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Models with limited dependent variables. Doctoral Program 2006-2007 Katia Campo. 3. Nested Logit Model. (K.Train, Ch.4, Franses and Paap Ch.5). 3. Nested Logit Model. Choice between J>2 alternatives which can be grouped into subsets based on differences in substitution pattern Example:.

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Models with limited dependent variables

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## Models with limited dependent variables

Doctoral Program 2006-2007

Katia Campo

## 3. Nested Logit Model

(K.Train, Ch.4, Franses and Paap Ch.5)

### 3. Nested Logit Model

• Choice between J>2 alternatives which can be grouped into subsets based on differences in substitution pattern

• Example:

Choice of transportation mode

Car

Transit

Carpool

Bus

Train

Car alone

### 3. Nested Logit Model

• Assumption cumulative distribution of error terms

• Probability

### 3. Nested Logit Model

• Probability can be decomposed into 2 logit models

(1)

(2)

### 3. Nested Logit Model

• Link between Pni | Bk * Pn Bk (upper and lower model level) through inclusive value Ink

• To comply with RUM k must be in the [0,1] interval

• IIA within, not across nests

### 3. Nested Logit Model

Estimation

• Joint estimation

• Sequential estimation

• Estimate lower model

• Compute inclusive value

• Estimate upper model with inclusive value as explanatory variable

• Add fourth step, using the parameter estimates as starting values for joint estimation

### 3. Nested Logit Model

• Example: Location choices by French firms in Eastern and Western Europe

• Dependent var.: probability of choosing location j Pj=P(πj> πk  k≠j )

• Location choices are likely to have a nested structure (non-IIA)

• First, select region (East or Western Europe)

• Next, select country within region

Disdier and Mayer (2004)

### 3. Nested Logit Model

• Example 1: Location choices by French firms in Eastern and Western Europe

Location choice

E.Eur

W.Eur

………

………

CN

C1

CJ+1

CJ

Disdier and Mayer (2004)

### 3. Nested Logit Model

• Location choices: Data

• 1843 location decisions in Europe from 1980 to 1999 (official statistics)

• 19 host countries (13 W.Eur, 6 E.Eur)

Disdier and Mayer (2004)

### 3. Nested Logit Model

• Location choices: Data

• NFFrench firms already located in the country

• GDPGDP

• GPP/CAPGDP per capita

• DISTDistance France – host country

• WAverage wage per capita (manufacturing)

• UNEMPLunemployment rate

• EXCHRExchange rate volatility

• FREEFree country

• PNFREEPartly free and not free country

• PR1Country with political rights rated 1

• PR2Country with political rights rated 2

• PR345Country with political rights rated 3,4,5

• PR67Country with political rights rated 6,7

• LIAnnual liberalization index

• CLICumulative liberalization index

• ASSOC=1 if an association agreement is signed

Disdier and Mayer (2004)

3. Nested Logit Model

Disdier and Mayer (2004)

3. Nested Logit Model

Disdier and Mayer (2004)

3. Nested Logit Model

• Example 2: Shopping centre choice

3. Nested Logit Model

• Example 2: Shopping centre choice

3. Nested Logit Model

• Example 2: Shopping centre choice

### 3. Nested Logit Model

• (Purchase) incidence and choice models can be linked in the same way

Include incl.value 

Purchase decision

No purchase

Purchase

...

(See above: Bucklin & Gupta)

Altern. J

Altern.1

### 3. Nested Logit Model

• Other examples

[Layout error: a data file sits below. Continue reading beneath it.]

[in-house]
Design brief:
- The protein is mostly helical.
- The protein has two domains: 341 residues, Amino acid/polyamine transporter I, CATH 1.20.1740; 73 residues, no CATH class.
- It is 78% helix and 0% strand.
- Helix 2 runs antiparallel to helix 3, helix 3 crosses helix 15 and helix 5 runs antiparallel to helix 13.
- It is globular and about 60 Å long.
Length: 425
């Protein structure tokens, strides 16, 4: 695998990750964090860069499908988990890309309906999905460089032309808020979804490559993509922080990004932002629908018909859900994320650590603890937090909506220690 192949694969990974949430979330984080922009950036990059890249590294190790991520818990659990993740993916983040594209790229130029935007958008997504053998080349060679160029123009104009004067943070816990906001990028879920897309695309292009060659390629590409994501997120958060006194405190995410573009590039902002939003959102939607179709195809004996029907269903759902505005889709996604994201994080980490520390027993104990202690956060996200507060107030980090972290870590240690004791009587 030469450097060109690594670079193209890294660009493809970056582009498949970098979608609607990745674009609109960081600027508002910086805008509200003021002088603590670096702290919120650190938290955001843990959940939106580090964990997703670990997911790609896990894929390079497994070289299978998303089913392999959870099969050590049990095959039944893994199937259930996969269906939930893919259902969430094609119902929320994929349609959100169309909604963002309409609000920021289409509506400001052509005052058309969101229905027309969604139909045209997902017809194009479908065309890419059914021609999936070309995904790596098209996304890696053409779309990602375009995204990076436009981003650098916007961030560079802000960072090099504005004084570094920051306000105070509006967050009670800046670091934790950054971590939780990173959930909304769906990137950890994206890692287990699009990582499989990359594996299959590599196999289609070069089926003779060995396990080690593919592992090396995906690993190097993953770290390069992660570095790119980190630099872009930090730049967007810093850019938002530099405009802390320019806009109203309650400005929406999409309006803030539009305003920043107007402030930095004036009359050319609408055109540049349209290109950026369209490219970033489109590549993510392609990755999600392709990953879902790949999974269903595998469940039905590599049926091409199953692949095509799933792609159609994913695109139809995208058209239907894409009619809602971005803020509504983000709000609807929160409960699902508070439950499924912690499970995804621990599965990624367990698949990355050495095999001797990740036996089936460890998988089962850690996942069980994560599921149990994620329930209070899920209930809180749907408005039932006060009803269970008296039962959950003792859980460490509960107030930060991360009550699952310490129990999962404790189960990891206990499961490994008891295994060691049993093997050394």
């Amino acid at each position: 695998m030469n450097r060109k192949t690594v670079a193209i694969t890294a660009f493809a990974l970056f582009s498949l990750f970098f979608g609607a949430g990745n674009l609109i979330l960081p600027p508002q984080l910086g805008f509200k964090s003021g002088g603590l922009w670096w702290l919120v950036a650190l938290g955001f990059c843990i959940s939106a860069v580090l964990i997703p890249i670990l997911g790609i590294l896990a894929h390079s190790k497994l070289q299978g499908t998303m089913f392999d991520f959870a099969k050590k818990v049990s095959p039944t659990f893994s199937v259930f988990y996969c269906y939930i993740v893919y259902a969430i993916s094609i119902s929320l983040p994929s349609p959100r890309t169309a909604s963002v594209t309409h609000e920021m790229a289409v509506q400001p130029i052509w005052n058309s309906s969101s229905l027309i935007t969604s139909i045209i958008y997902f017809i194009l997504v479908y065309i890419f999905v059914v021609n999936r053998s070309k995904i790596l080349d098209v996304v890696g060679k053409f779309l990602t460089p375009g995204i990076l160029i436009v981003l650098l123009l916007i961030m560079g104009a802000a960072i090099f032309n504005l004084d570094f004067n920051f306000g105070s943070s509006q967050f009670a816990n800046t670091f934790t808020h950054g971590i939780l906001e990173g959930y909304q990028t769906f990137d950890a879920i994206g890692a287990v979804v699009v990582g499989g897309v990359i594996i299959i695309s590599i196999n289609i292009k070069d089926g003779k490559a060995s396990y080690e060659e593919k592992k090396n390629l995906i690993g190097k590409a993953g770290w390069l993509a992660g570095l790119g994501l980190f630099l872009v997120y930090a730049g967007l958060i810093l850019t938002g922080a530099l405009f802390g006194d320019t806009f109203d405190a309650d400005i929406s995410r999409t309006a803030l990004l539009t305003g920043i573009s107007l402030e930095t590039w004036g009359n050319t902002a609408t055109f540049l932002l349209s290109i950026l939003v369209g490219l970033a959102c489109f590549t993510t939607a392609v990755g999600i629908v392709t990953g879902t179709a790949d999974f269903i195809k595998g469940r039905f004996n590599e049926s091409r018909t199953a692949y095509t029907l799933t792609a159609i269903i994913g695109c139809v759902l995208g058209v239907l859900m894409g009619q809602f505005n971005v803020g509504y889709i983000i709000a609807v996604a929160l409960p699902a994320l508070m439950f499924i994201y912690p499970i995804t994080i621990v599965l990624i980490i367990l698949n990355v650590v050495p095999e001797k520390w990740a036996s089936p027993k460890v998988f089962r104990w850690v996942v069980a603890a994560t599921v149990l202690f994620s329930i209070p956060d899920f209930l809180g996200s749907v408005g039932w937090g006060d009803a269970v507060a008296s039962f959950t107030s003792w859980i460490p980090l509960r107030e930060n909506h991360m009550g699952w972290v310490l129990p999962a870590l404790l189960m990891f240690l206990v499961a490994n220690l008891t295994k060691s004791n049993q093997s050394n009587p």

• Private label versus nationals brands

• Same versus other brand

• Fixed rate (low risk) versus variable rate (high risk) investments

• Choice of transportation mode

• ....

## 4. Probit Model

(K.Train, Ch.5 ; Franses and Paap, Ch.4-5)

### 4. Probit Model

• Based on the general RUM-model

• Ass.: error terms are distributed normal with a mean vector of zero and covariance matrix 

• density function:

### 4. Probit Model

Logit or Probit?

• Trade-off between tractability and flexibility

• Closed-form expression of the integral for Logit, not for Probit models

• Probit allows for random taste variation, can capture any substitution pattern, allows for correlated error terms and unequal error variances

 Dependent on the specifics of the choice situation

### 4. Probit Model

Estimation

• Approximation of the multidimensional integral

• Non-simulation procedures (see Kamakura 1989)

Can usually only be applied to restricted cases and/or provide inaccurate estimations

• Simulation procedures (see Geweke et al.1994, Train)

### 4. Probit Model

Simulation-based estimation(binary probit, CFS)

• Step 1

• For each observation n=1, ..., N draw r ~ N(0,1), (r = 1, ......., R: repetitions)

• Initialize y_count= 0, =mt (starting values)

• Compute y*rn = xn mt + L r ; L= choleski factor (LL’= )

• Evaluate: y*rn >0  y_count= y_count+1

• Repeat R times

Weeks (1997)

### 4. Probit Model

Simulation-based estimation(binary probit, CFS)

• Step 2: calculate probabilities

Pn| mt= y_count/R

• Step 3: Form the simulated LL function

SLL=  n yn ln(Pn|mt)+(1-yn) ln(1-Pn|mt)

• Step 4: Check convergence criteria (SLL(mt)- SLL(mt-1))

• Step 5: Update mt: mt+1 = mt + v

• Step 6: Iterate (until convergence)

Weeks (1997)

### 4. Probit Model

Simulation-based estimation: MNProbit

• Based on same principles

• More efficient simulation procedures (see Train)

• Identification: normalization of level and scale

• Re-express model in utility differences

• Normalization of varcov matrix (see Train)

### 4. Probit Model

• Random taste variation

• Model with random coefficients

• E.g.:n~N(b,W)

• Unj = b’xnj+ *’n xnj + nj

• = b’xnj+ nj

• nj : correlated error terms (dep.on xnj, see Train)

### 4. Probit Model

• Substitution patterns

• Full covariance matrix (no parameter restrictions) unrestricted substitution patterns